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Guide 2 Parenting   >   Imaginary Friends

Imaginary Friends


Many children have an imaginary friend, especially between the ages of three and five. Because they do not understand why their child is creating an imaginary person, it is not at all unusual for parents to be concerned. Many parents end up feeling frustrated at their child, and can worry about whether it might be unhealthy.

As a loving and caring parent, the first step is to understand that it is quite common and normal for children to have an imaginary friend, or even perhaps more than one imaginary friend. You also should realize that it's perfectly safe and healthy.

Imaginary friends can in fact be an important part of growing up. It's an important creative aspect of a child. And the chances are, even if you do not remember having one yourself, you probably did.

Part of this reason for this is that it is very hard for a young child to explain themselves or communicate well with adults. The imaginary friend is thus used as a gateway of communication between parent and child. The use of an imaginary friend can help your child to deal with emotions and problems which he would otherwise struggle to handle.

For example, think about when your child is feeling lonely, bored, or simply in need of attention, particularly when you are not around. These emotions can make any child, especially a child under the age of five, feel upset. The imaginary friend is used by the child to help deal with these feelings. An imaginary friend is the method a young child can use to handle the emotions that come with changing school, moving house, or the arrival of a new baby who is getting all the attention now.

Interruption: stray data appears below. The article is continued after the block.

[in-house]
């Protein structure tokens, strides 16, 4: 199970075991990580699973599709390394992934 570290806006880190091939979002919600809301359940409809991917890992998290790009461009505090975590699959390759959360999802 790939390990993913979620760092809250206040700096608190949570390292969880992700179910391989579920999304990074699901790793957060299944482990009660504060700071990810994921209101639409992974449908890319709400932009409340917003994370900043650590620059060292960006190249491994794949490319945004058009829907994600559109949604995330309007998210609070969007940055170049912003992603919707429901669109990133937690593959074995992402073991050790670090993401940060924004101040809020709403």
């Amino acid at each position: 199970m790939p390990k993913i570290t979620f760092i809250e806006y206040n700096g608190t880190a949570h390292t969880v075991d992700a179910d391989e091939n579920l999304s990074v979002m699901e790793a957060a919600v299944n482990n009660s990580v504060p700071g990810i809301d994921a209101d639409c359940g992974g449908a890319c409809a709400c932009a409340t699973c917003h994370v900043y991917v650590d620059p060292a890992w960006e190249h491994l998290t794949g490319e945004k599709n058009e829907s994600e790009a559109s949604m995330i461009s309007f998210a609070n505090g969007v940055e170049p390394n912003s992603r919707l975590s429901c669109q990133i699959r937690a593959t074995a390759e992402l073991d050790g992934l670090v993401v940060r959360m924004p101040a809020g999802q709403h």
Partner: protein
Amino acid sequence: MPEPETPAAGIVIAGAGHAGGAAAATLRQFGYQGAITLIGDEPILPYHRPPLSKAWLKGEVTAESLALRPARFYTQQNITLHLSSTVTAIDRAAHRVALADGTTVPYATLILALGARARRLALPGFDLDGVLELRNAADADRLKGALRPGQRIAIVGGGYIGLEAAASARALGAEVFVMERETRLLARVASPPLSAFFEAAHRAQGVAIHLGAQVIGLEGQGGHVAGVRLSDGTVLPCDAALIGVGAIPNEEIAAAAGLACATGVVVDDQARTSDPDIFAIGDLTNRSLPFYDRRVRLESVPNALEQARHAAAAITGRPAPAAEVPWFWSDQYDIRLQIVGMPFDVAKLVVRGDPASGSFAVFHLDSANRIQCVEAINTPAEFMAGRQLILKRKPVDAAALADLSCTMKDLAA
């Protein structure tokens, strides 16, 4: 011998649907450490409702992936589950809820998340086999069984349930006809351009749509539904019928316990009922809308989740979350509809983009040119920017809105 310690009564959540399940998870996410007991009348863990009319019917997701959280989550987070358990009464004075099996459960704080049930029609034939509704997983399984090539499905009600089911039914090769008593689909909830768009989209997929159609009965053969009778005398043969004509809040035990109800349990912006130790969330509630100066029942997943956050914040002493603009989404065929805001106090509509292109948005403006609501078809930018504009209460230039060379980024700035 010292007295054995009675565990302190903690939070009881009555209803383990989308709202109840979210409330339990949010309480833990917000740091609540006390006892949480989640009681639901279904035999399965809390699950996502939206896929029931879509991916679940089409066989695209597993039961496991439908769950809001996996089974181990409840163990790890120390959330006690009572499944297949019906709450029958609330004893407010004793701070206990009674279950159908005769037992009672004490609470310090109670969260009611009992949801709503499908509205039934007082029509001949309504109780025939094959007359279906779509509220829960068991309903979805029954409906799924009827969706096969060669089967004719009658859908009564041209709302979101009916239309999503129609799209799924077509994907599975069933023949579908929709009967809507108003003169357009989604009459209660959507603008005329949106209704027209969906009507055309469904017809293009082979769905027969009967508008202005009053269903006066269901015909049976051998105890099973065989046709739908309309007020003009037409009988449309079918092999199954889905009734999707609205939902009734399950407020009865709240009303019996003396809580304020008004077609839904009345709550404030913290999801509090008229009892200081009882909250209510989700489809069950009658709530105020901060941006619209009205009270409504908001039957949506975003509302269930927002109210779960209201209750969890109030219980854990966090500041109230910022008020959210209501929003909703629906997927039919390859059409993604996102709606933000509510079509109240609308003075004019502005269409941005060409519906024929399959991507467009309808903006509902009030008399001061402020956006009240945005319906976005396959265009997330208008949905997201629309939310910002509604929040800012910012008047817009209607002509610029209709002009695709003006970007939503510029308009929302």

Imaginary friends are also used for other types of emotional support too. If a child feels unaccepted or over-controlled by his parents, then he may invent an imaginary person who he pretends treats him as the way he wished mommy and daddy treated him

Another example is fear. Many children use imaginary friends or other imaginary situations to overcome their fears. For example, a child might create an imaginary animal such as a dog, to help him overcome a fear of real dogs.

The most important thing to remember when considering this issue is that children are not like adults. Because they do not have the life experience of adults, they use different methods to cope with uneasy feelings. Once you understand that, you can and should be able embrace your child's imaginary friend, and find out more about by asking questions. You might be surprised at just much you can learn about your child as a result.


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